The image displays a single Arabidopsis mutant line from the Salk Institute insertion mutant collection/database. The location of the Agrobactrium T-DNA insertion is known from sequencing of The image displays a single Arabidopsis mutant line from the Salk Institute insertion mutant collection/database. The location of the Agrobactrium T-DNA insertion is known from sequencing of the genome.
Credit: Kent Schnoeker, The Salk Institute
The image depicts the locations of Agrobacterium T-DNA insertions (triangles) in a small segment of one Arabidopsis chromosome. The locations of individual predicted genes (top line) and the transcription units (bottom line) are indicated by the multi-colored boxes.
Credit: Huaming Chen/Joseph Ecker
Scientists have inactivated almost three-quarters of all genes in the genome of Arabidopsis thaliana, a species widely used in plant research. The feat, which results in the largest so-called "knockout" gene collection of a complex multi-cellular organism, now allows researchers to study the function of each of those genes individually or together.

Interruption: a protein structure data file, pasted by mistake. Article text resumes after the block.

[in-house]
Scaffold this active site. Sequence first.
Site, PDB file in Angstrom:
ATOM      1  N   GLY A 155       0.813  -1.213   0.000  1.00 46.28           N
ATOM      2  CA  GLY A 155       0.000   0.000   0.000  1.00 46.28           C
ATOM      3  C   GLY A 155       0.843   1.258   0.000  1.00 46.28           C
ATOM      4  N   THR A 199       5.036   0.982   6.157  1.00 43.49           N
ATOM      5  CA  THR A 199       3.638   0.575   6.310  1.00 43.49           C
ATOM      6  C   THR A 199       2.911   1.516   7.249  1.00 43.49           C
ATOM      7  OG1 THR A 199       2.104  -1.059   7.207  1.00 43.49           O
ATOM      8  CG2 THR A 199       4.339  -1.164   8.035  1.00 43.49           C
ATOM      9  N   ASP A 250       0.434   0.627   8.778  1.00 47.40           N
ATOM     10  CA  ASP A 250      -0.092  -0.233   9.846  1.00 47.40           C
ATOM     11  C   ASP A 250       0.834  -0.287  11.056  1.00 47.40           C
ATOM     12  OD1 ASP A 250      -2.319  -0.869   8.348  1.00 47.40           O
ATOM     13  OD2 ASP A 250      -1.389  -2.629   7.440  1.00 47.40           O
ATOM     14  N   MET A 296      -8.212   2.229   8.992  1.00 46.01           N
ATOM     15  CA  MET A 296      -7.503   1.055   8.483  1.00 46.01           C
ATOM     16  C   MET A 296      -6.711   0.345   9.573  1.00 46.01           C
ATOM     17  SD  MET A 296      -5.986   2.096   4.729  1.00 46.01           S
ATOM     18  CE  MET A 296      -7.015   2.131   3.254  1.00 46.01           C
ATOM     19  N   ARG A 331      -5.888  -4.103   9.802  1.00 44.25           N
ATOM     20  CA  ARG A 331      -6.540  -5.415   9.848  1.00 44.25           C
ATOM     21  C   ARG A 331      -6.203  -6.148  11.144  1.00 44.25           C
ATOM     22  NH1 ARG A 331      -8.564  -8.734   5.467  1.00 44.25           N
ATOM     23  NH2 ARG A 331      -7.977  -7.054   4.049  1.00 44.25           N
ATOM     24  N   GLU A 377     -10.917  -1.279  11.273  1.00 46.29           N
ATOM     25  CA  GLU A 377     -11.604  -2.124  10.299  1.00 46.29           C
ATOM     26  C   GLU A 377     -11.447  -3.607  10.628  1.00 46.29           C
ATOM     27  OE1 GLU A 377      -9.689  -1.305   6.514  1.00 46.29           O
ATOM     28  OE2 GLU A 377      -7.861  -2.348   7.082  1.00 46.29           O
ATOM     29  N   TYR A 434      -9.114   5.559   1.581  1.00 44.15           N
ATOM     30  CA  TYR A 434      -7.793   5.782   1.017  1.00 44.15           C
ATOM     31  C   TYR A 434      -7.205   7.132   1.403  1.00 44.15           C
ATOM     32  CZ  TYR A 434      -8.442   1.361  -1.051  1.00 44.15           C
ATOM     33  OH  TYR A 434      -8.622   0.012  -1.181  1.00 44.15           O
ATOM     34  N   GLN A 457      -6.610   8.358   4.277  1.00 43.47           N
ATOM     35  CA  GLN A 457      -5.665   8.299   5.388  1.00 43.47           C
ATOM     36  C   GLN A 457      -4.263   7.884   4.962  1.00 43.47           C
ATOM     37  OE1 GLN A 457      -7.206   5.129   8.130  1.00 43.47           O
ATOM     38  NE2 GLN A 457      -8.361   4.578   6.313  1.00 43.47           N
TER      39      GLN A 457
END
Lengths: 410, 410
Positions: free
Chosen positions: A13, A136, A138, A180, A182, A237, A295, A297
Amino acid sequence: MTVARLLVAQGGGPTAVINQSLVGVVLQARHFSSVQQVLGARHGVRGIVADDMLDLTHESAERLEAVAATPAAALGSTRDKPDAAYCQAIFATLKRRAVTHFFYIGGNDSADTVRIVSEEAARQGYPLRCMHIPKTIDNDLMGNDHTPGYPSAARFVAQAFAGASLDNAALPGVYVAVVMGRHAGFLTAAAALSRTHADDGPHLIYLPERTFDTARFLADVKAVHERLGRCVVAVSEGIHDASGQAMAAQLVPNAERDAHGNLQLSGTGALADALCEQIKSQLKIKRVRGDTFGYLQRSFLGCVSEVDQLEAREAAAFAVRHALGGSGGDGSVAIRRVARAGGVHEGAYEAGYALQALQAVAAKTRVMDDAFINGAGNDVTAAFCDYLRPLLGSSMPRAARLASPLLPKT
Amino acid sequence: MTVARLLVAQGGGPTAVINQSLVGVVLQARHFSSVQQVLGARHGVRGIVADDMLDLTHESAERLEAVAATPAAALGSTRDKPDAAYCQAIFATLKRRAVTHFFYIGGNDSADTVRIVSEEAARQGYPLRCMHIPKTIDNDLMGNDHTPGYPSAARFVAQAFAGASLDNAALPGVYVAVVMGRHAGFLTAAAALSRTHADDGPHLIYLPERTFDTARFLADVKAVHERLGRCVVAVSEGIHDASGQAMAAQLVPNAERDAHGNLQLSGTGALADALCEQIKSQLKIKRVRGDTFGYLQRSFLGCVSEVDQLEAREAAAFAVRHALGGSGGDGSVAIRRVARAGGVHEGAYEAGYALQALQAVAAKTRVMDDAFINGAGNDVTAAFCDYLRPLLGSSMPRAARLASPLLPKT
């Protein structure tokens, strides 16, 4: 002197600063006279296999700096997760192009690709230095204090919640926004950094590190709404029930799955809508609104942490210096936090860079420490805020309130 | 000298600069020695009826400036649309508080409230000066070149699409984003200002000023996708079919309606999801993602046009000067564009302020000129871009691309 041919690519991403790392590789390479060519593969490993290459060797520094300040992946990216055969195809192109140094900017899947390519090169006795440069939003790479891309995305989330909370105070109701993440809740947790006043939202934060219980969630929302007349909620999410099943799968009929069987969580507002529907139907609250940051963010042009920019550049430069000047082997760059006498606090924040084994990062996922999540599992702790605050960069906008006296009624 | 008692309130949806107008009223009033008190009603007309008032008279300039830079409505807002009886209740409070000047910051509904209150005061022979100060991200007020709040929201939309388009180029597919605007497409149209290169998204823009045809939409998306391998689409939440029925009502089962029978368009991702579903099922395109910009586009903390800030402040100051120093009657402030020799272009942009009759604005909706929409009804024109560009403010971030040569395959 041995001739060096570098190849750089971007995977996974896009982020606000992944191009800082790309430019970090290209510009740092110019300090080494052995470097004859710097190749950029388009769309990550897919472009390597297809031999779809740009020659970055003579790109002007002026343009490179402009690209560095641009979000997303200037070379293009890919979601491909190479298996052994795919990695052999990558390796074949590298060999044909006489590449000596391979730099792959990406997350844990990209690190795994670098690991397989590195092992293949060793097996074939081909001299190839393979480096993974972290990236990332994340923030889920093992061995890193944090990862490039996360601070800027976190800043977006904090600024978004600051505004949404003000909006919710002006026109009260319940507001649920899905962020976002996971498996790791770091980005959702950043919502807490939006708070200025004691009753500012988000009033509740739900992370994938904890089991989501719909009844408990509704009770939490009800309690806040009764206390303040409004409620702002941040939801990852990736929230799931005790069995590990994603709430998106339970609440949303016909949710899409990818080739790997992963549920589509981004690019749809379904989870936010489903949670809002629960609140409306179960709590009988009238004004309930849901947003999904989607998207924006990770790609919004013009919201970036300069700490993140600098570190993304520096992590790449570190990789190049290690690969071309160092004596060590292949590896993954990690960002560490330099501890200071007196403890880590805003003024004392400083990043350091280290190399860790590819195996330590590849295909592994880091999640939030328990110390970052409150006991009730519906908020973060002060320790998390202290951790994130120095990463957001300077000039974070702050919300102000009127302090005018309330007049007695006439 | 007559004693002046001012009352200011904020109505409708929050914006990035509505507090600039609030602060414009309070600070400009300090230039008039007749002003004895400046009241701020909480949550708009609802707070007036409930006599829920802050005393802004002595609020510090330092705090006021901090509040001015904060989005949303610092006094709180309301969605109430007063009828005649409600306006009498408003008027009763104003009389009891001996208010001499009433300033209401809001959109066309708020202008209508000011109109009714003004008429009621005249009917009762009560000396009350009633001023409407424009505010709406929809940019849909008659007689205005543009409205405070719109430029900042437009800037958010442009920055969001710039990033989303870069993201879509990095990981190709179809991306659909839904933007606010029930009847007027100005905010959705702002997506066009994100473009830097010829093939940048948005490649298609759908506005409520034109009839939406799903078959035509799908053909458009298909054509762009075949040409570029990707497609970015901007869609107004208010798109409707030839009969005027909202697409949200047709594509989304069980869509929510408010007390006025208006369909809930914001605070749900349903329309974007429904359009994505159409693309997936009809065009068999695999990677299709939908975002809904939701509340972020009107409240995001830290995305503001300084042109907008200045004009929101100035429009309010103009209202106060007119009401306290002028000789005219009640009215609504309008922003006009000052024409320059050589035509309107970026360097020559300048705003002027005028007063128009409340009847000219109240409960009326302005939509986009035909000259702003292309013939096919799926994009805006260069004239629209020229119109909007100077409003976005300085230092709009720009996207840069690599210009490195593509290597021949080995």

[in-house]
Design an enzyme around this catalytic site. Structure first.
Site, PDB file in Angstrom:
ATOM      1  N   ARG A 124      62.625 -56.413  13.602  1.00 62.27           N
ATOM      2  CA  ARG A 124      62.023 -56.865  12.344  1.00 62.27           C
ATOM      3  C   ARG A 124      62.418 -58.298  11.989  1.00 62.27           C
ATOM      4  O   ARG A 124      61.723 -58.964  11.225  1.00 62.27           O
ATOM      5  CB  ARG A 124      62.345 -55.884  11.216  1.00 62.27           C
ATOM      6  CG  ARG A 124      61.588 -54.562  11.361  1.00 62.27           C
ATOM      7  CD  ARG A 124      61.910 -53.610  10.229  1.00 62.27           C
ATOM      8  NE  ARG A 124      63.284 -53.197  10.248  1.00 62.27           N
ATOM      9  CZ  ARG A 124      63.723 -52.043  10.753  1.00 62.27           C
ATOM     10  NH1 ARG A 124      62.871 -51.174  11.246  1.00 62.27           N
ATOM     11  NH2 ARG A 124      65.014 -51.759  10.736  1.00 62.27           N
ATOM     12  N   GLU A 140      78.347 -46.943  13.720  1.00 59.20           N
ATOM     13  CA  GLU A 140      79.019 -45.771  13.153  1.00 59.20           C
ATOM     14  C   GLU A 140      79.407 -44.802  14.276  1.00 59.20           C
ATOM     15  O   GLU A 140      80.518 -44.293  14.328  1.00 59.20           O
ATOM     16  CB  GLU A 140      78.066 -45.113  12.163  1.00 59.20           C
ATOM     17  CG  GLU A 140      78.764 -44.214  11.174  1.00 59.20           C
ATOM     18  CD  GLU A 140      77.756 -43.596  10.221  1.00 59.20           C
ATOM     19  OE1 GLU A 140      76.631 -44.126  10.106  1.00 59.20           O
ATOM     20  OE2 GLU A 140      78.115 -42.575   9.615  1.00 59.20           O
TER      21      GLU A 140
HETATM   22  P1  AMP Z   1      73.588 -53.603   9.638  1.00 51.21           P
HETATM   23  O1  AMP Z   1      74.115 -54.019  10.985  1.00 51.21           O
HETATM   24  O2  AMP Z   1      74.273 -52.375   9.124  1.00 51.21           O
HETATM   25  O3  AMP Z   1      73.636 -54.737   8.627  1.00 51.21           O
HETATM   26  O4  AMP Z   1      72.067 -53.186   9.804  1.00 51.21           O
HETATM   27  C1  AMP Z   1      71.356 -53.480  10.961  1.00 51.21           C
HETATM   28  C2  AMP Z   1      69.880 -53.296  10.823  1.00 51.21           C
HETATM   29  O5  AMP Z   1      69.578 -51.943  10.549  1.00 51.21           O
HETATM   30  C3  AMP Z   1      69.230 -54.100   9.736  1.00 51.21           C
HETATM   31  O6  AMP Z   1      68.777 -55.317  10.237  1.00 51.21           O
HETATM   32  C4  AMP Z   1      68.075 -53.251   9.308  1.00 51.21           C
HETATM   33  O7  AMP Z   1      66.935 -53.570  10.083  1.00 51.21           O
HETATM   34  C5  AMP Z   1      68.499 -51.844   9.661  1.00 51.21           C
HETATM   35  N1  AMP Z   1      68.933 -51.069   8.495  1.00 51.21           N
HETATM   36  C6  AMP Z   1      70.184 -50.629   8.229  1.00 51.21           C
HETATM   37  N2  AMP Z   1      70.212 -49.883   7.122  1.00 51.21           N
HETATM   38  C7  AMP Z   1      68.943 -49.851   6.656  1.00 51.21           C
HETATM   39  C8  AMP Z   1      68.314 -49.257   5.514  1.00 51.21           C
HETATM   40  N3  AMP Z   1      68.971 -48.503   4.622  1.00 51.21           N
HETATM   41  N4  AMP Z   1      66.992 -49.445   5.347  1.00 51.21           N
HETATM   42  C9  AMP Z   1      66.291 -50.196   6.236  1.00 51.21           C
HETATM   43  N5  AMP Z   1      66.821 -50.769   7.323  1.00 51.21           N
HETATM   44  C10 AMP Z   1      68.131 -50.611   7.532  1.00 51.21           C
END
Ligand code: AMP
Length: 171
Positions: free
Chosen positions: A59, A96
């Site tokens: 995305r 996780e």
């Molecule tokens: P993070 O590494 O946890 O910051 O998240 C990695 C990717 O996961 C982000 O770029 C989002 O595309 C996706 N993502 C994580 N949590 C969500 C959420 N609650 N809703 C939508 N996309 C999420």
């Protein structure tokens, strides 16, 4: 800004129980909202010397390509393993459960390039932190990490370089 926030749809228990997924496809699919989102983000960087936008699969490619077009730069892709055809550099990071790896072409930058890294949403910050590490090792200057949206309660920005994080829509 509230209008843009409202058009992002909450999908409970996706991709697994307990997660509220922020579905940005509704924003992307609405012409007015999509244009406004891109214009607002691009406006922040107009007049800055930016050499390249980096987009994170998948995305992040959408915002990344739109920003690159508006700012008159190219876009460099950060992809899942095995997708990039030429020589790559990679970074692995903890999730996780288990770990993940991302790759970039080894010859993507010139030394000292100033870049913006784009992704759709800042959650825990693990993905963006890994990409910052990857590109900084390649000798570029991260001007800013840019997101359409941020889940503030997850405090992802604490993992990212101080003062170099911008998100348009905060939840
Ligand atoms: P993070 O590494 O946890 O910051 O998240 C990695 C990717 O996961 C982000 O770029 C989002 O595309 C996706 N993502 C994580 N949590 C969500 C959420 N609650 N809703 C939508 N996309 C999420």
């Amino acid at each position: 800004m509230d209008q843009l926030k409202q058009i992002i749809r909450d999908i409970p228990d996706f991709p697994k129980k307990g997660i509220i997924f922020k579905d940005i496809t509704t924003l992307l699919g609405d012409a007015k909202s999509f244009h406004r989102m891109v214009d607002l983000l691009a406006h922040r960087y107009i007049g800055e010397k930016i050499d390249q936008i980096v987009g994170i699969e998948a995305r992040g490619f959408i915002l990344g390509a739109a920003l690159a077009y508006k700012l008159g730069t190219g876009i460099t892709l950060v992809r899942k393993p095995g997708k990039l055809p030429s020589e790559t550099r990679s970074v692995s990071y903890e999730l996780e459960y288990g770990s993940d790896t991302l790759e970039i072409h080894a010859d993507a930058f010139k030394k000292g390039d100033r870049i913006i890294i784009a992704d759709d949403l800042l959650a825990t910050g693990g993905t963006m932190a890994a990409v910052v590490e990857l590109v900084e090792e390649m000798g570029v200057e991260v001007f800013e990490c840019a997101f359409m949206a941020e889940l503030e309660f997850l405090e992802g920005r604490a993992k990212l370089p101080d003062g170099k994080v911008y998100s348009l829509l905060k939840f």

The findings, published in the August 1 issue of the journal Science, mark an important milestone in the field of plant genomics. Following the release of the Arabidopsis genome sequence in 2000, the National Science Foundation (NSF) jump started the next phase of plant genome research, instituting the Arabidopsis 2010 Project to determine the location and function of each and every Arabidopsis gene by the year 2010. Knowing the function of all the genes in this model plant will aide scientists immensely in their work to improve disease resistance, control how quickly or slowly fruit will ripen, and create healthier and improved crops.
Joe Ecker at the Salk Institute for Biological Studies and his research team created knockouts, or inactivating mutations, in 21,700 of the estimated 29,454 Arabidopsis genes. Knocking out a gene or group of genes allows scientists to observe what goes wrong in the mutant plant and determine what function the inactivated gene(s) had in the plant system.
Andrea Spiker | National Science Foundation
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